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An Algorithm To Estimate The Importance Of Bacterial Acquisition Routes In Hospital Settings.

M. Bootsma, M. Bonten, S. Nijssen, A. Fluit, O. Diekmann
Published 2007 · Medicine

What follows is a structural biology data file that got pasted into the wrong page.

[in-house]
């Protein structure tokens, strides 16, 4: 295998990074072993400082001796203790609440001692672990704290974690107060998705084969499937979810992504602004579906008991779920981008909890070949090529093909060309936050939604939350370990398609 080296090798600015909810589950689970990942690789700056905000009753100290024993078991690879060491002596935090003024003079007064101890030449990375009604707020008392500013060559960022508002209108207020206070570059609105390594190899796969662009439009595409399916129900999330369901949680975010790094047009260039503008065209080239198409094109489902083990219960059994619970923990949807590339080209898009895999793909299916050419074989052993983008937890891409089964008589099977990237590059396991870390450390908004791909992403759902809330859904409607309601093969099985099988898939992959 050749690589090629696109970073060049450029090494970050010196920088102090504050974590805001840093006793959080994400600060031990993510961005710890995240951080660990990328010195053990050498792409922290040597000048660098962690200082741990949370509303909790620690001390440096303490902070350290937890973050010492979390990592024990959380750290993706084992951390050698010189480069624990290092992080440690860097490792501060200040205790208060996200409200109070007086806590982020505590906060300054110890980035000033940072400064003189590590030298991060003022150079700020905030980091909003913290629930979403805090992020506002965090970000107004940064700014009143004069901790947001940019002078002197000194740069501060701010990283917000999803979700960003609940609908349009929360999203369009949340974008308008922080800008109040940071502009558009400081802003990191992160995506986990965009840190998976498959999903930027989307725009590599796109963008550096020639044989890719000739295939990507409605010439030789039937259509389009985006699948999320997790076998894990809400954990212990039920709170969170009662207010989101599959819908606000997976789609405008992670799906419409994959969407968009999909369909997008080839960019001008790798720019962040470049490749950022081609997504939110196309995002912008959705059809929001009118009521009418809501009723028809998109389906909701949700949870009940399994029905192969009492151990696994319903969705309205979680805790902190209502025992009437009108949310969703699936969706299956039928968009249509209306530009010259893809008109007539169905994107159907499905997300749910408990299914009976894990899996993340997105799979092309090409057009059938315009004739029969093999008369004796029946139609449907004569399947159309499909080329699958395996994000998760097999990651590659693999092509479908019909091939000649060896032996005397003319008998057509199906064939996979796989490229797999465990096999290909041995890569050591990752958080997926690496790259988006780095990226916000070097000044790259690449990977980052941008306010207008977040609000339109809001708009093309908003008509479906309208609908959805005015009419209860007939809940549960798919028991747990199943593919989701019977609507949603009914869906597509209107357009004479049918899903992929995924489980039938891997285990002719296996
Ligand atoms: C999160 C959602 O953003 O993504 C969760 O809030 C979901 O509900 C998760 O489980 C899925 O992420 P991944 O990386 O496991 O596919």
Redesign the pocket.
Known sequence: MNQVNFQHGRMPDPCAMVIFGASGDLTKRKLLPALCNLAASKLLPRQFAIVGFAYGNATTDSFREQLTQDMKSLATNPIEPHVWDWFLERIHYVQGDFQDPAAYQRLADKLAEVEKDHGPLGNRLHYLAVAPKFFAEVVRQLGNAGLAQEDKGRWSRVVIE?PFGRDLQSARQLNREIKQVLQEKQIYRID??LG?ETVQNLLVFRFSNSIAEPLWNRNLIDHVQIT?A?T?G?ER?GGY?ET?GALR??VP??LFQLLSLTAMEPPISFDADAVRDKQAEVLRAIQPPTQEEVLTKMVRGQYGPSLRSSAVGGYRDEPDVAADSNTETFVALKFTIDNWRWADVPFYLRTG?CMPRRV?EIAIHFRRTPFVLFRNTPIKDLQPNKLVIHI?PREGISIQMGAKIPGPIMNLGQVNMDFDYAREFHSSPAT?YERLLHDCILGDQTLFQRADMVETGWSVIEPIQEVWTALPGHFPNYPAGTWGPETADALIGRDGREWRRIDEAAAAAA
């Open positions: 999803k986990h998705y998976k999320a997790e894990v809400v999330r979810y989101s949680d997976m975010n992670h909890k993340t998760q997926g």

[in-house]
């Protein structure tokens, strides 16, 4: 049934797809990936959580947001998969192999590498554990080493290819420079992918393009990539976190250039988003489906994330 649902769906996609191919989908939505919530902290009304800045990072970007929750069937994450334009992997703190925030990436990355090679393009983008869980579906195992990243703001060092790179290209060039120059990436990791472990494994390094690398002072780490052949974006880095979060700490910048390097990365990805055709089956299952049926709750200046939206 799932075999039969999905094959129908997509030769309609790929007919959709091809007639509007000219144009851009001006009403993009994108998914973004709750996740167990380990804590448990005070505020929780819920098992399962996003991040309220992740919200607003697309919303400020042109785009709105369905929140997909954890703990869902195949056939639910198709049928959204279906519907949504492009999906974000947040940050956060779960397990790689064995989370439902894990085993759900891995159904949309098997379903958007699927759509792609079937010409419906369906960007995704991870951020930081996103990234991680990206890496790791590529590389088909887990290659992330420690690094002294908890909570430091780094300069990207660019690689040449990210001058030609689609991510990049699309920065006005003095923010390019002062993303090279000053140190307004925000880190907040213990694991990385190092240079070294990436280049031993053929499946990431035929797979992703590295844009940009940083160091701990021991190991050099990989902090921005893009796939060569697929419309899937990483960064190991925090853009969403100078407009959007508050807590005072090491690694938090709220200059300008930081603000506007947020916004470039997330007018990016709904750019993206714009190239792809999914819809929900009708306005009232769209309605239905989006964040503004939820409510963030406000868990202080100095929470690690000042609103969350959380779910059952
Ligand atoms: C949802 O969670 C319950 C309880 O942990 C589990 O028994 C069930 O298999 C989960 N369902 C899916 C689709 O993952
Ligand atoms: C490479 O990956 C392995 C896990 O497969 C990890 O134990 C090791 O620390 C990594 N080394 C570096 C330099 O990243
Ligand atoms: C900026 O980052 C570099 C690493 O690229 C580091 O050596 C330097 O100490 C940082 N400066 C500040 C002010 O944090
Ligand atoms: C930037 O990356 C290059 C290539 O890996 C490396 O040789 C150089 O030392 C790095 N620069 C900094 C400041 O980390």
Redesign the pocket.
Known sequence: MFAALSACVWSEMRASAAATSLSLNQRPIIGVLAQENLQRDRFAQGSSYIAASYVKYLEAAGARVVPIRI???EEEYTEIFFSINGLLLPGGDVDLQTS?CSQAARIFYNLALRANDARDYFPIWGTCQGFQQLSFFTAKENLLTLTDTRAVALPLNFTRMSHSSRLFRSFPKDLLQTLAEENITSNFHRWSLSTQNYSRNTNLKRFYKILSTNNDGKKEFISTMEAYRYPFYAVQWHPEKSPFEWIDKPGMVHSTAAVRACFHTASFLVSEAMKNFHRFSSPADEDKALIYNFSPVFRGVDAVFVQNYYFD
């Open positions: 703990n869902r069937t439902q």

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An algorithm is presented to calculate likelihoods of acquisition routes using only individual patient data concerning period of stay and microbiologic surveillance (without genotyping). The algorithm also produces estimates for the prevalence and the number of acquisitions by each route. The algorithm is applied to colonization data of third-generation cephalosporin-resistant Enterobacteriaceae (CRE) from September 2001 to May 2002 in two intensive care units (ICUs) (n = 277 and n = 180, respectively) of Utrecht, Kingdom of the Netherlands. Genotyping and epidemiologic linkage are used as the reference standard. Surveillance cultures were obtained on admission and twice weekly thereafter. All CREs were genotyped. According to the reference standard, the daily prevalence of CRE in ICU-1 and ICU-2 was 26.1% (standard deviation: 15.4) and 15.1% (standard deviation: 13.4), respectively, with five of 23 (21.7%) and six of 21 (28.6%) cases of acquired colonization being of exogenous origin, respectively. On the basis of the algorithm, the endogenous route was responsible for more acquisitions than the exogenous route (p = 0.003 and p < 0.001 for ICU-1 and ICU-2, respectively). The estimated number of acquisitions is 30 and 27, and the estimated prevalence is 27.6% and 17.6% for ICU-1 and ICU-2, respectively. By use of longitudinal colonization data only, the algorithm determines the relative importance of acquisition routes taking patient dependency into account.
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